Are you a first-time entrepreneur? It’s a bit scary, isn’t it? But you went into this to win and you are determined to make it work! Good for you! That’s the most important quality of successful entrepreneurs-determination.
Lots of businesses fail in the first year or so. Why is that? We’ve nailed down at least 10 reasons why this happens in this post so that you can think about where you’re at in each of these and avoid that iceberg yourself as you sail into success.
Failure to Plan
One of the biggest reasons that first-time business owners and entrepreneurs fail within the first year is the failure to plan. It turns out that the old saying is true “Those who fail to plan are planning to fail.” Not to sound cliche, but it is common sense that if you do not have a plan then life will have a plan for you.
It is important when you are first starting out as a business owner to have a business plan and try your best to follow it.
You do still have to remain flexible to change and realize that there will be times that you cannot follow your plan precisely. But you should still have a plan in place so that you will have a roadmap to follow.
Lack of Vision
Another important reason as to why new entrepreneurs do not succeed is that they have a lack of vision for the future. They should be ambitious, but having vision is about more than being ambitious about your own goals. It is also about where you wish to take your company within the next year 5 years or 10 years and what you hope to contribute to the world or the industry you’re working in.
Failure to Use Resources
Another common mistake of new business owners is that they fail to use the resources they have available to them. Resources can be people, money sources, and even friends or freelancers you can get to outsource work to as you grow your business. Look online and connect to people who can help you through Linkedin and social media as well. Your resources can be anything that can help your business reach its goals. So always be open to what is out there.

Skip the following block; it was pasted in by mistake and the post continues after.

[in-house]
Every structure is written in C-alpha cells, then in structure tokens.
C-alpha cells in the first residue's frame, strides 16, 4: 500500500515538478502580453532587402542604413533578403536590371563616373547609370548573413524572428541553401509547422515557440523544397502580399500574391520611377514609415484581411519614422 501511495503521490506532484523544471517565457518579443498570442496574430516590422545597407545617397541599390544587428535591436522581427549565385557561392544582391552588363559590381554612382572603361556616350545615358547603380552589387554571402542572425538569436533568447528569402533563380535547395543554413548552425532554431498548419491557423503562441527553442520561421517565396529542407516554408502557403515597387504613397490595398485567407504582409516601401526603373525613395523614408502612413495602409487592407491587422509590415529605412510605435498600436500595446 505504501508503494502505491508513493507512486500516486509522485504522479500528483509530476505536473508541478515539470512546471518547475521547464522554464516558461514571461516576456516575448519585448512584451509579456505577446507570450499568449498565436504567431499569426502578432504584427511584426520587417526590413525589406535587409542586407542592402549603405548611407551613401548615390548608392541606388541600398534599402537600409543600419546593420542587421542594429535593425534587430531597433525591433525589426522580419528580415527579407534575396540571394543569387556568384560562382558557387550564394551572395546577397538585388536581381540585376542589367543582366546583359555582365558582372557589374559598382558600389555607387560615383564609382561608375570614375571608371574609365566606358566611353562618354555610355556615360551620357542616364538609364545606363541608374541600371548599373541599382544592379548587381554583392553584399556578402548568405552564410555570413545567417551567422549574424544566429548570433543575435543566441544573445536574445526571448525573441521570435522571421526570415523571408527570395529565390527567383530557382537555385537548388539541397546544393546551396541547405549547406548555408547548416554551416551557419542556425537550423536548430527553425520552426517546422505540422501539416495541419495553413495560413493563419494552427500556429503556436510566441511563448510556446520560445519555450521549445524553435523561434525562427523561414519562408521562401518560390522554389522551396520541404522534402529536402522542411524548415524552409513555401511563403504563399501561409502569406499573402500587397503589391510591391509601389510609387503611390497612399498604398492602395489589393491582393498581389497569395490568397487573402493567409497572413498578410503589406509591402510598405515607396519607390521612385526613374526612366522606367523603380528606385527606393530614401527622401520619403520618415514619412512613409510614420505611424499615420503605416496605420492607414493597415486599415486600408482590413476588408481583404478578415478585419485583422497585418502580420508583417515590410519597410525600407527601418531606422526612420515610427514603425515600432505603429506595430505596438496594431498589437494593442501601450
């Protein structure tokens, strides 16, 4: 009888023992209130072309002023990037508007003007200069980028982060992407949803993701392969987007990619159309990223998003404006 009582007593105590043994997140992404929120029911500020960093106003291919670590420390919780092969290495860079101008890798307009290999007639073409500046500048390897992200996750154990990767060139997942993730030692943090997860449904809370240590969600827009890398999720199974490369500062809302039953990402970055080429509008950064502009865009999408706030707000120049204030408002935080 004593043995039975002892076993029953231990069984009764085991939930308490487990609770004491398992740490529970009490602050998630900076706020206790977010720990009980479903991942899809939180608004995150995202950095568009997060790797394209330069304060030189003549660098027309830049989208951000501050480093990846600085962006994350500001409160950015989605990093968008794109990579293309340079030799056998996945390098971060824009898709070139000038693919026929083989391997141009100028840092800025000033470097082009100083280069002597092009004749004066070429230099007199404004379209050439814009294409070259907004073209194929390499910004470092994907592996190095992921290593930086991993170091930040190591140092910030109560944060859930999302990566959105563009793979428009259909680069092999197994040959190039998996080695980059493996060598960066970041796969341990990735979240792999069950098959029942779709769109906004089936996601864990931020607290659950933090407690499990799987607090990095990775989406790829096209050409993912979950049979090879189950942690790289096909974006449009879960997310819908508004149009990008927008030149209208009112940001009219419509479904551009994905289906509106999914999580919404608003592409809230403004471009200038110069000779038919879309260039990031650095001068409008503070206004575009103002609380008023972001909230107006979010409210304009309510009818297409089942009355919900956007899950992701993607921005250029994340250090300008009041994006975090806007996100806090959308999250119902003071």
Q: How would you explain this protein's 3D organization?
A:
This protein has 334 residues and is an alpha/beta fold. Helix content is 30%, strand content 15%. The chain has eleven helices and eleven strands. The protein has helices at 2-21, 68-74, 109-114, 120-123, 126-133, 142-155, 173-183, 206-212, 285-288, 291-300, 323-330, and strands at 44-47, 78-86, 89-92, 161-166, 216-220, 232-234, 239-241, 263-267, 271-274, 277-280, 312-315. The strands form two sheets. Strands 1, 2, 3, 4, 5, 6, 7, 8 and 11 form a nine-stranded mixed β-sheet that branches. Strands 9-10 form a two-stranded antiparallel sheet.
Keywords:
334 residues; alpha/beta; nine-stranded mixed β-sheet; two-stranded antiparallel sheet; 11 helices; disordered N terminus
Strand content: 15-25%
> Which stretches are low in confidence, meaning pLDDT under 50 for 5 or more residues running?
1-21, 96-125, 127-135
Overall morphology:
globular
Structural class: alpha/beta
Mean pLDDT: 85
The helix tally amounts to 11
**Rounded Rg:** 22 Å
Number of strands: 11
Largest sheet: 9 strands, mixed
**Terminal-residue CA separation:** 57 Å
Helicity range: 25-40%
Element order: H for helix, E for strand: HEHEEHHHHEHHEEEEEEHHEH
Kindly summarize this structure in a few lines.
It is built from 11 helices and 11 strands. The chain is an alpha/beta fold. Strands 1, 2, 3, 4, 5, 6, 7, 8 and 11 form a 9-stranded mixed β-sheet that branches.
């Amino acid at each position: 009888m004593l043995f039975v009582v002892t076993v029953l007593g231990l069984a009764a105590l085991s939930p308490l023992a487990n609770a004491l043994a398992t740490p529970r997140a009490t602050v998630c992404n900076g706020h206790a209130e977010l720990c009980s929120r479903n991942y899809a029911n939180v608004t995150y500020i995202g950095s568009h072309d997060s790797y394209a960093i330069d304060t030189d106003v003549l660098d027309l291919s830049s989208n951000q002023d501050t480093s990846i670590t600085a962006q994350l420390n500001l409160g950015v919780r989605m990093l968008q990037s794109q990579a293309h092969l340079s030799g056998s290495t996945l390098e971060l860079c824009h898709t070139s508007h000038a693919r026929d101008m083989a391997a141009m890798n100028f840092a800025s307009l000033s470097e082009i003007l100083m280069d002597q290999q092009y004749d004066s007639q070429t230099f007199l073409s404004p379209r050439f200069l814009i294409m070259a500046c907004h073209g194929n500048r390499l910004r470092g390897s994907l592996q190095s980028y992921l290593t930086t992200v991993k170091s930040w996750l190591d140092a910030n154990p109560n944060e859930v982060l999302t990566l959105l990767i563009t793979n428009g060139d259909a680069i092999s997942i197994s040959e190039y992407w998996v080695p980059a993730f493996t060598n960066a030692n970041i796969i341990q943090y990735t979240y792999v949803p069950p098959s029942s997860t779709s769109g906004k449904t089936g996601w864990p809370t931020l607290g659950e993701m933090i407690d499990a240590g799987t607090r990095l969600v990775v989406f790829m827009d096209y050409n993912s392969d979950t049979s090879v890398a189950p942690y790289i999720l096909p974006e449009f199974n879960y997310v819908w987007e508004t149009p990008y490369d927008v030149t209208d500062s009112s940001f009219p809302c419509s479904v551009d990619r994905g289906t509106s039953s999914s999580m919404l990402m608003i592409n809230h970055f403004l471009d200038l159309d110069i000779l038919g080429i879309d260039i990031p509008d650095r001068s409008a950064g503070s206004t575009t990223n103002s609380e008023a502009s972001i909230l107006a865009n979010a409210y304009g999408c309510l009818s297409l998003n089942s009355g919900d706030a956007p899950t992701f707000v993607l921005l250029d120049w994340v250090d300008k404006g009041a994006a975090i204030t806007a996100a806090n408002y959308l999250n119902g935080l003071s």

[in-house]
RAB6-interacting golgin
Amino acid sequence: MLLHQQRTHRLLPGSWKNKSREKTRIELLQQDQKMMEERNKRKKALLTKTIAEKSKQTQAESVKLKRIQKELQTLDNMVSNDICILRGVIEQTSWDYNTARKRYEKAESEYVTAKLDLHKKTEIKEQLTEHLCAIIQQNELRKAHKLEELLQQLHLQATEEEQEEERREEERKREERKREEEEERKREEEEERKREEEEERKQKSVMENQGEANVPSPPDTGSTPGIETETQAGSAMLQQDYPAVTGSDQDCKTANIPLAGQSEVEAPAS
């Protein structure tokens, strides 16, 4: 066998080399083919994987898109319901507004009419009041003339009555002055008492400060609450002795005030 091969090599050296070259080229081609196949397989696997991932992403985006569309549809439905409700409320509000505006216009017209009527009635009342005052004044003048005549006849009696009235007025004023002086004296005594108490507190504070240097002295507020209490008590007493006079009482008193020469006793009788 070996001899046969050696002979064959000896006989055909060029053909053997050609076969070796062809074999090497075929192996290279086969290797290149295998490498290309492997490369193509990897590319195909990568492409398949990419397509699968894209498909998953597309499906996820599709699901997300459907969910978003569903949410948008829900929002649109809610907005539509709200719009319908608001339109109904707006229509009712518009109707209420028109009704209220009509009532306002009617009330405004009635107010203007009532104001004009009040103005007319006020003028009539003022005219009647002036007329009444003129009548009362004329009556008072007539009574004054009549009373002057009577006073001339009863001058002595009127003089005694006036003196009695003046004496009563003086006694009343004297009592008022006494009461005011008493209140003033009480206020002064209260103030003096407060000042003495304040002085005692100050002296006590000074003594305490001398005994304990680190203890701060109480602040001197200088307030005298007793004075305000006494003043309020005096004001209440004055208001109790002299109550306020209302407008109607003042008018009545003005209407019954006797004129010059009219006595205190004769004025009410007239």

This reminds me of a TV ad by Orson Welles and one of his last TV appearances when he was advertising a wine. He said, “We will sell no wine before its time.”
The company that Welles was advertising in the ad was saying that they would not put out anything until it was ready for market and was the best quality possible. That is a good rule of thumb and it is also a good idea to not invest too much in your company until you can afford to do so.
Many businesses literally go out of business the first year because they want a huge office, elaborate staff, and the best accommodations. Remember what Tom Smiley of Simply Media said.
He said, “You were only have to worry about four things: creating, selling, delivering, and getting paid. You can do that from your own home office if you have to. So don’t extend beyond what you can afford so that you will survive until tomorrow to tell about it.
Failure to Set Realistic Goals
The failure to establish realistic goals is not the same thing as a failure to set goals. As we enter a new year, remember that it is just as important to set goals that you can reach as it is to set goals at all.
If you set goals that are too hard to reach, you will get frustrated with the fact that you cannot reach them and many entrepreneurs give up at this point. Instead set smaller goals that you can reach within a set period of time such as six months and then see where you’re at. This will encourage you to keep moving forward and will keep you from being discouraged.